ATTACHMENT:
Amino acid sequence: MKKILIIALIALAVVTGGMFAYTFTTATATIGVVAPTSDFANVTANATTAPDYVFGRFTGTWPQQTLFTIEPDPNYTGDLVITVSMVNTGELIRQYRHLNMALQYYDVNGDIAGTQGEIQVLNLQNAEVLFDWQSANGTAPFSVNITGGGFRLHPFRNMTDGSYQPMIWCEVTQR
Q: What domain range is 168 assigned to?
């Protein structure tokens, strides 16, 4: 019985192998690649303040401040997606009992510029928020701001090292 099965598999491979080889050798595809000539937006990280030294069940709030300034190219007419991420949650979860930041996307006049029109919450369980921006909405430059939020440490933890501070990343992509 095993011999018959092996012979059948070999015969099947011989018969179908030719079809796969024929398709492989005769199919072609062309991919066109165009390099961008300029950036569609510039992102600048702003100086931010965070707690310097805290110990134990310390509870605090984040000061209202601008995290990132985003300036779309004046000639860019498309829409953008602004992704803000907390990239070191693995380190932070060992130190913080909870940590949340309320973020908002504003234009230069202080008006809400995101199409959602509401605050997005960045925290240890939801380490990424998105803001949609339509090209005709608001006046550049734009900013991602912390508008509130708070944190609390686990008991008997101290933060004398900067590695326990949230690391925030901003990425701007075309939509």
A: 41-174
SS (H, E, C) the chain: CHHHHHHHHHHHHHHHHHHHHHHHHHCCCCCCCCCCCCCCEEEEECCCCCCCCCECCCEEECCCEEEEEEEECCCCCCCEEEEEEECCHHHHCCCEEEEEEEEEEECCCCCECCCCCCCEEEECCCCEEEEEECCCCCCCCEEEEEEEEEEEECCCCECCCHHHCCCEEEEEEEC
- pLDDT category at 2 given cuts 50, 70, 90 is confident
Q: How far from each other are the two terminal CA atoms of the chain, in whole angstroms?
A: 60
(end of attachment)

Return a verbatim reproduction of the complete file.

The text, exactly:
Amino acid sequence: MKKILIIALIALAVVTGGMFAYTFTTATATIGVVAPTSDFANVTANATTAPDYVFGRFTGTWPQQTLFTIEPDPNYTGDLVITVSMVNTGELIRQYRHLNMALQYYDVNGDIAGTQGEIQVLNLQNAEVLFDWQSANGTAPFSVNITGGGFRLHPFRNMTDGSYQPMIWCEVTQR
Q: What domain range is 168 assigned to?
């Protein structure tokens, strides 16, 4: 019985192998690649303040401040997606009992510029928020701001090292 099965598999491979080889050798595809000539937006990280030294069940709030300034190219007419991420949650979860930041996307006049029109919450369980921006909405430059939020440490933890501070990343992509 095993011999018959092996012979059948070999015969099947011989018969179908030719079809796969024929398709492989005769199919072609062309991919066109165009390099961008300029950036569609510039992102600048702003100086931010965070707690310097805290110990134990310390509870605090984040000061209202601008995290990132985003300036779309004046000639860019498309829409953008602004992704803000907390990239070191693995380190932070060992130190913080909870940590949340309320973020908002504003234009230069202080008006809400995101199409959602509401605050997005960045925290240890939801380490990424998105803001949609339509090209005709608001006046550049734009900013991602912390508008509130708070944190609390686990008991008997101290933060004398900067590695326990949230690391925030901003990425701007075309939509």
A: 41-174
SS (H, E, C) the chain: CHHHHHHHHHHHHHHHHHHHHHHHHHCCCCCCCCCCCCCCEEEEECCCCCCCCCECCCEEECCCEEEEEEEECCCCCCCEEEEEEECCHHHHCCCEEEEEEEEEEECCCCCECCCCCCCEEEECCCCEEEEEECCCCCCCCEEEEEEEEEEEECCCCECCCHHHCCCEEEEEEEC
- pLDDT category at 2 given cuts 50, 70, 90 is confident
Q: How far from each other are the two terminal CA atoms of the chain, in whole angstroms?
A: 60